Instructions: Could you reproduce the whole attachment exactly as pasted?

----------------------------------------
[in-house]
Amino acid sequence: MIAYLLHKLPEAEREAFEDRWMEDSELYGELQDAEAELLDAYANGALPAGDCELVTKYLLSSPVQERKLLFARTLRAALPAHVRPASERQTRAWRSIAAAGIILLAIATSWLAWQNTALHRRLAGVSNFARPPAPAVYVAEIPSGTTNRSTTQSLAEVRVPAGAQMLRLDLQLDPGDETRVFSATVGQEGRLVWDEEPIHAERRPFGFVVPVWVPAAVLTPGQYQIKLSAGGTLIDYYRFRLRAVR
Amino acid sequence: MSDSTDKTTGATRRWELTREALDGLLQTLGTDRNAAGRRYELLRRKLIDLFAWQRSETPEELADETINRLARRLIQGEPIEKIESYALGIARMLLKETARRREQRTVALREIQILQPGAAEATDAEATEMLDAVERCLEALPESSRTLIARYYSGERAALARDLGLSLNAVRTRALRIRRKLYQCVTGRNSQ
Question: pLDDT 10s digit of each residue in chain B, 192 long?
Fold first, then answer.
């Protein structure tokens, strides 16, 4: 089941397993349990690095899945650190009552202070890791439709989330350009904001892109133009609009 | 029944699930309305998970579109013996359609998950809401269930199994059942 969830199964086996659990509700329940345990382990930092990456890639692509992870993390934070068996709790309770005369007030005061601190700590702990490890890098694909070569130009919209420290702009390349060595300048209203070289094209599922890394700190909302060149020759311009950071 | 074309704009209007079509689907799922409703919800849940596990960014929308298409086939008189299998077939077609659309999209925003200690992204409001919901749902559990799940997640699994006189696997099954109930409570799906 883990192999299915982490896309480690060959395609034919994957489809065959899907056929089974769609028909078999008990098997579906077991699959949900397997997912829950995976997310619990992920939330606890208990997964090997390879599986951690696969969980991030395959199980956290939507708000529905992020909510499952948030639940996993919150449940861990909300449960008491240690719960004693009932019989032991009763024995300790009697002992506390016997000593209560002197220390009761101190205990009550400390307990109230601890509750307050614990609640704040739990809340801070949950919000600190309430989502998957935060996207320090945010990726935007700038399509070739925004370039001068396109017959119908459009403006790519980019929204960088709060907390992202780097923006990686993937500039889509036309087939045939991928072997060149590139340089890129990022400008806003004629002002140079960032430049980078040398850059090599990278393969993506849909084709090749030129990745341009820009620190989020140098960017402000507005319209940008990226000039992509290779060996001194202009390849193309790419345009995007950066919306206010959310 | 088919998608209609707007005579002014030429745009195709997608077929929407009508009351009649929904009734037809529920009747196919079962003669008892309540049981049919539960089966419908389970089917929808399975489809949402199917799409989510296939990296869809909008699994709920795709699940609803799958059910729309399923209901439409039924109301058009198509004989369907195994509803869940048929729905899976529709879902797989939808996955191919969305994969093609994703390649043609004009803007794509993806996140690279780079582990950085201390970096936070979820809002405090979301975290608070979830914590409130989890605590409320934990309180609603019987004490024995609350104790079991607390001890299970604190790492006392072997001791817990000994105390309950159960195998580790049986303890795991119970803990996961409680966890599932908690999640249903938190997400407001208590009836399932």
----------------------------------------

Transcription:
[in-house]
Amino acid sequence: MIAYLLHKLPEAEREAFEDRWMEDSELYGELQDAEAELLDAYANGALPAGDCELVTKYLLSSPVQERKLLFARTLRAALPAHVRPASERQTRAWRSIAAAGIILLAIATSWLAWQNTALHRRLAGVSNFARPPAPAVYVAEIPSGTTNRSTTQSLAEVRVPAGAQMLRLDLQLDPGDETRVFSATVGQEGRLVWDEEPIHAERRPFGFVVPVWVPAAVLTPGQYQIKLSAGGTLIDYYRFRLRAVR
Amino acid sequence: MSDSTDKTTGATRRWELTREALDGLLQTLGTDRNAAGRRYELLRRKLIDLFAWQRSETPEELADETINRLARRLIQGEPIEKIESYALGIARMLLKETARRREQRTVALREIQILQPGAAEATDAEATEMLDAVERCLEALPESSRTLIARYYSGERAALARDLGLSLNAVRTRALRIRRKLYQCVTGRNSQ
Question: pLDDT 10s digit of each residue in chain B, 192 long?
Fold first, then answer.
């Protein structure tokens, strides 16, 4: 089941397993349990690095899945650190009552202070890791439709989330350009904001892109133009609009 | 029944699930309305998970579109013996359609998950809401269930199994059942 969830199964086996659990509700329940345990382990930092990456890639692509992870993390934070068996709790309770005369007030005061601190700590702990490890890098694909070569130009919209420290702009390349060595300048209203070289094209599922890394700190909302060149020759311009950071 | 074309704009209007079509689907799922409703919800849940596990960014929308298409086939008189299998077939077609659309999209925003200690992204409001919901749902559990799940997640699994006189696997099954109930409570799906 883990192999299915982490896309480690060959395609034919994957489809065959899907056929089974769609028909078999008990098997579906077991699959949900397997997912829950995976997310619990992920939330606890208990997964090997390879599986951690696969969980991030395959199980956290939507708000529905992020909510499952948030639940996993919150449940861990909300449960008491240690719960004693009932019989032991009763024995300790009697002992506390016997000593209560002197220390009761101190205990009550400390307990109230601890509750307050614990609640704040739990809340801070949950919000600190309430989502998957935060996207320090945010990726935007700038399509070739925004370039001068396109017959119908459009403006790519980019929204960088709060907390992202780097923006990686993937500039889509036309087939045939991928072997060149590139340089890129990022400008806003004629002002140079960032430049980078040398850059090599990278393969993506849909084709090749030129990745341009820009620190989020140098960017402000507005319209940008990226000039992509290779060996001194202009390849193309790419345009995007950066919306206010959310 | 088919998608209609707007005579002014030429745009195709997608077929929407009508009351009649929904009734037809529920009747196919079962003669008892309540049981049919539960089966419908389970089917929808399975489809949402199917799409989510296939990296869809909008699994709920795709699940609803799958059910729309399923209901439409039924109301058009198509004989369907195994509803869940048929729905899976529709879902797989939808996955191919969305994969093609994703390649043609004009803007794509993806996140690279780079582990950085201390970096936070979820809002405090979301975290608070979830914590409130989890605590409320934990309180609603019987004490024995609350104790079991607390001890299970604190790492006392072997001791817990000994105390309950159960195998580790049986303890795991119970803990996961409680966890599932908690999640249903938190997400407001208590009836399932």